Guide to Gaining SAP Certification and Understanding the Return to Duty Process

SAP Certification

A Comprehensive Guide to Gaining SAP Certification and Understanding the RTD Process

With the escalating concern of substance abuse in our society, the role of a Substance Abuse Professional (SAP) has become increasingly significant. SAPs are trained and certified professionals who evaluate individuals that have violated drug and alcohol regulations, particularly in the transportation industry. This blog post will guide you through the steps needed to acquire a SAP certification and explain the return-to-duty process.

Becoming a Certified SAP

To become a certified SAP, there is a specific procedure to follow:

  1. Acquire a National Certification: The first step is to obtain a relevant national certification. You must be a licensed or certified physician, psychologist, social worker, EAP professional, or drug and alcohol counselor certified by a national organization that provides credentialing services.
  2. Complete the Required Training: After obtaining your national certification, you’ll need to complete a Substance Abuse Professional Qualification Training. This course gives a comprehensive overview of the nationally recognized examination requirements.
  3. Pass a Validated National Examination: Upon completing the training, you’ll need to pass a validated national examination. This test ensures that you have a deep understanding of the DOT’s rules and regulations regarding drug and alcohol testing.
  4. Continuing Education: To maintain your SAP certification, you must complete 12 hours of continuing education relevant to performing SAP functions every three years.

Understanding the RTD Process

Once a DOT employee has violated the drug and alcohol regulations, they must go through the return-to-duty process before resuming safety-sensitive duties. This process is managed by a SAP and typically involves the following steps:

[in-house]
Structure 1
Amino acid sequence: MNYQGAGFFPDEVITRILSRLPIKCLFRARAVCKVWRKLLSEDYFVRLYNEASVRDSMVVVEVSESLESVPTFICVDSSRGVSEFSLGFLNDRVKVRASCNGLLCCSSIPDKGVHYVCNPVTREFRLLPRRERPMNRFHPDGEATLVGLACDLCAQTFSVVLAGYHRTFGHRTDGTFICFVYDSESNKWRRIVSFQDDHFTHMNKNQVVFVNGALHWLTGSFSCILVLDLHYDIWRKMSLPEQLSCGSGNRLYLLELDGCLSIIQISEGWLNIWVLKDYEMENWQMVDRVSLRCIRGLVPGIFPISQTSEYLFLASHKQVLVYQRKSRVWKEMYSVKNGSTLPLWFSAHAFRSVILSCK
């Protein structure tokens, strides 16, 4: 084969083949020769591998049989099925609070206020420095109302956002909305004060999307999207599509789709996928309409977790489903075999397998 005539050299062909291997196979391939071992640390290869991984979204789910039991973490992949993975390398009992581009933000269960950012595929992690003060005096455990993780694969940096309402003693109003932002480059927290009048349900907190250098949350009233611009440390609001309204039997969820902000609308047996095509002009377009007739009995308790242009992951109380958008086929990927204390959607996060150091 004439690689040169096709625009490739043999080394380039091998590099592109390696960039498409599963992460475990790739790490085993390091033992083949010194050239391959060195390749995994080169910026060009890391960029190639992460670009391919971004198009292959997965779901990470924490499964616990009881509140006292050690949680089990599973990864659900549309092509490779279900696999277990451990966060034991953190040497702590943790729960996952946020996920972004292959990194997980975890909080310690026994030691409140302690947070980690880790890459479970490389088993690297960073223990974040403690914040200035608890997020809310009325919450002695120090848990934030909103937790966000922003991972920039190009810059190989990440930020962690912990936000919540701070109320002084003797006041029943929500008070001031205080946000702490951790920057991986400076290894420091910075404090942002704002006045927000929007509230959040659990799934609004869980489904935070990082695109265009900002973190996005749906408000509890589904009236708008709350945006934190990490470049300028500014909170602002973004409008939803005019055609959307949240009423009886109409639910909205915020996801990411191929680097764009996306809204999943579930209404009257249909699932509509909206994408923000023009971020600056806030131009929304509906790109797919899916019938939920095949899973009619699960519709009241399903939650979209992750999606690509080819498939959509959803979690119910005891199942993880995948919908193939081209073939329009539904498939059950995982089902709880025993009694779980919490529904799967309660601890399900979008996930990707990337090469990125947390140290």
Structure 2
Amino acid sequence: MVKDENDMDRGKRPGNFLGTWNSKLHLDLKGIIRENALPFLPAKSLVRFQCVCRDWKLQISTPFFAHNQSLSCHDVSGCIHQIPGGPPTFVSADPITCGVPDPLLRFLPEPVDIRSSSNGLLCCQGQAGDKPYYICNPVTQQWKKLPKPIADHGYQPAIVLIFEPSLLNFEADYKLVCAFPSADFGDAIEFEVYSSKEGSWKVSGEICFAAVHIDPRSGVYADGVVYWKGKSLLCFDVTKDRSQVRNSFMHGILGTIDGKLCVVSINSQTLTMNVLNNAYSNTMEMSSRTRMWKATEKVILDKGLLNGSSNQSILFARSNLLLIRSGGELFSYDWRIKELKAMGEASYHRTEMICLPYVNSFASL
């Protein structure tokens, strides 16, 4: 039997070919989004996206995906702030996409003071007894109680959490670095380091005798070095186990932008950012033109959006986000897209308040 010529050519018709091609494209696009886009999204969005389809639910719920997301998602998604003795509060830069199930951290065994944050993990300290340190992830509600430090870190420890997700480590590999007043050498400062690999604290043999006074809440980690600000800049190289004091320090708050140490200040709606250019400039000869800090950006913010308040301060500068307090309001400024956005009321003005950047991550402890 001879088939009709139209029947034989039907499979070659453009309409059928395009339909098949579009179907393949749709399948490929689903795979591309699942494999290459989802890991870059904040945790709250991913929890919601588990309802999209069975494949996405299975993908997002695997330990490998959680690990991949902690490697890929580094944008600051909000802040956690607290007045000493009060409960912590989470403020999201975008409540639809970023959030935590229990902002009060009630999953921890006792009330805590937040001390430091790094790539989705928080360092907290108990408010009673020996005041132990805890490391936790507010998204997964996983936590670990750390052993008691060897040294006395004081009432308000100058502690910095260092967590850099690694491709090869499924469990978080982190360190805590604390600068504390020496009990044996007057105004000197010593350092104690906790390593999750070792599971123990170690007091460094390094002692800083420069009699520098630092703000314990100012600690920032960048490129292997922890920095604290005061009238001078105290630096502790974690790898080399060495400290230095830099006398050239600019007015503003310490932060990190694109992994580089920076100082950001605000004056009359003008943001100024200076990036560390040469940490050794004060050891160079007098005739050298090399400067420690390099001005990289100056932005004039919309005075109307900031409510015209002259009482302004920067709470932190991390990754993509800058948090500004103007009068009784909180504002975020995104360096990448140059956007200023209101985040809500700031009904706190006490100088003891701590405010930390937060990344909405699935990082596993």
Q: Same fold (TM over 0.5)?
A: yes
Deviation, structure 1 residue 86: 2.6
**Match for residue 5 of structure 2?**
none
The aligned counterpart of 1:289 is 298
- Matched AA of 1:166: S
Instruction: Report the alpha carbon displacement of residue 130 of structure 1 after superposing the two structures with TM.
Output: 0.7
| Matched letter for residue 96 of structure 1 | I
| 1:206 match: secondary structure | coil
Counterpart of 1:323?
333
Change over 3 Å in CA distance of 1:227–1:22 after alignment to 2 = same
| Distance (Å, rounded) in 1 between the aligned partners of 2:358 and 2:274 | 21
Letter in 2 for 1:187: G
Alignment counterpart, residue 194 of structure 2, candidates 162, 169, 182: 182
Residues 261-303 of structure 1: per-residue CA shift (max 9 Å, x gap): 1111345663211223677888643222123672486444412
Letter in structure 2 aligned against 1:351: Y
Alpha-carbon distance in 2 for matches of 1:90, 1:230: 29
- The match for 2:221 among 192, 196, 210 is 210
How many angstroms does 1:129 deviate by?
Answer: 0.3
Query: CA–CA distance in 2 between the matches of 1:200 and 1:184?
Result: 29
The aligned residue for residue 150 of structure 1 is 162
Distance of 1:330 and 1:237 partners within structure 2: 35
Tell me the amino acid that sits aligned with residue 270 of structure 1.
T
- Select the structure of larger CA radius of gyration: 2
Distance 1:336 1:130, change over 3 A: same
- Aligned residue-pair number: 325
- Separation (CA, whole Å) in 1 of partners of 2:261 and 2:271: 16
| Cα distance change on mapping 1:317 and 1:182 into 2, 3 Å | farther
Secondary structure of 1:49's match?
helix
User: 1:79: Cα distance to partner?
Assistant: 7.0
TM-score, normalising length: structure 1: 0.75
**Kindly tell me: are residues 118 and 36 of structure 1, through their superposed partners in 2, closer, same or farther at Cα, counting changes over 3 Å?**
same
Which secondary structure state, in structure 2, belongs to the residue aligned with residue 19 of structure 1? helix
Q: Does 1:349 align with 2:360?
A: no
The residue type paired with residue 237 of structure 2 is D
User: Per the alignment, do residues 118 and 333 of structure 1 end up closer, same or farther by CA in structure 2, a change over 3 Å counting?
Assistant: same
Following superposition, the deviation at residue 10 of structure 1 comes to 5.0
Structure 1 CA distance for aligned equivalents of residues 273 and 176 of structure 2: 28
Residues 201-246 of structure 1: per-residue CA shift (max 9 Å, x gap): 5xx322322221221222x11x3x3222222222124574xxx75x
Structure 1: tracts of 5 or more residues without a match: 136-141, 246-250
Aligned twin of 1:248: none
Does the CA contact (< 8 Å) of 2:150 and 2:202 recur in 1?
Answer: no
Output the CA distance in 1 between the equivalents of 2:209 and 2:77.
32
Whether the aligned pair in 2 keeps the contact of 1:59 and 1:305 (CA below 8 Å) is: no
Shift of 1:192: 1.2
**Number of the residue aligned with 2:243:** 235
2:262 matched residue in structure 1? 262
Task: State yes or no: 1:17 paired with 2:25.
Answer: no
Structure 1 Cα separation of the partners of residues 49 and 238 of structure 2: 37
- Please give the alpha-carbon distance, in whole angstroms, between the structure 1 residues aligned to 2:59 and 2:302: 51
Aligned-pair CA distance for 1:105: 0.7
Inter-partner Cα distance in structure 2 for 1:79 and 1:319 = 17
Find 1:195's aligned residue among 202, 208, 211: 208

1. Evaluation: The SAP conducts an initial evaluation to determine what assistance the employee needs to resolve problems associated with drug and alcohol use.
  2. Recommendation: Based on the evaluation, the SAP will recommend a course of education and/or treatment.
  3. Follow-Up Evaluation: After the employee completes the recommended program, the SAP will conduct a follow-up evaluation to determine if the employee has complied with the recommendations.
  4. Return-to-Duty Test: If the SAP is satisfied with the employee’s progress, they will authorize a return-to-duty test. This test must yield a negative result before the employee can return to safety-sensitive duties.
  5. Follow-Up Testing: Once the employee returns to duty, they will be subject to unannounced follow-up tests for a period determined..

SAP Certification

Understanding the Return-to-Duty Process for DOT

The Department of Transportation (DOT) plays a crucial role in ensuring safety on our roads. One key aspect of this is the “Return-to-Duty” process, which is designed to help drivers who have violated the DOT’s drug and alcohol regulations return to their safety-sensitive duties responsibly and safely. This blog post will shed light on this vital process.

Evaluation by a Substance Abuse Professional (SAP)

The first step in the return-to-duty process involves an evaluation by a Substance Abuse Professional (SAP). The SAP conducts a comprehensive assessment of the driver to identify any underlying issues related to drug and alcohol use. This evaluation is critical in determining the appropriate treatment or education plan for the individua.

Participation in Treatment or Education Program

Based on the SAP’s evaluation, the driver will be required to participate in and complete a prescribed treatment or education program. This could involve counseling, therapy, rehabilitation, or a combination of these options, tailored to the individual’s specific needs.

Passing a Return-to-Duty Test

Once the driver has successfully completed the recommended program, they must pass a return-to-duty drug and/or alcohol test. This test is crucial in verifying that the driver is free from substances and ready to return to their safety-sensitive role. It’s important to note that the DOT requires employers to keep return-to-duty documentation for five years, even with a negative return-to-duty drug test.

Follow-Up Testing and Monitoring

Upon successfully passing the return-to-duty test, the driver will be subject to unannounced follow-up testing for a period determined by the SAP, typically ranging from one to five years. This ensures continuous compliance with the DOT’s regulations.


The DOT’s return-to-duty process is a comprehensive and structured protocol designed to ensure that drivers who have violated drug and alcohol regulations can safely return to their roles. By understanding this process, employers and drivers can work together to maintain the highest standard of safety on our roads.


  1. FMCSA – Department of Transportation

  2. Safety Planner – FMCSA

  3. Lobdock

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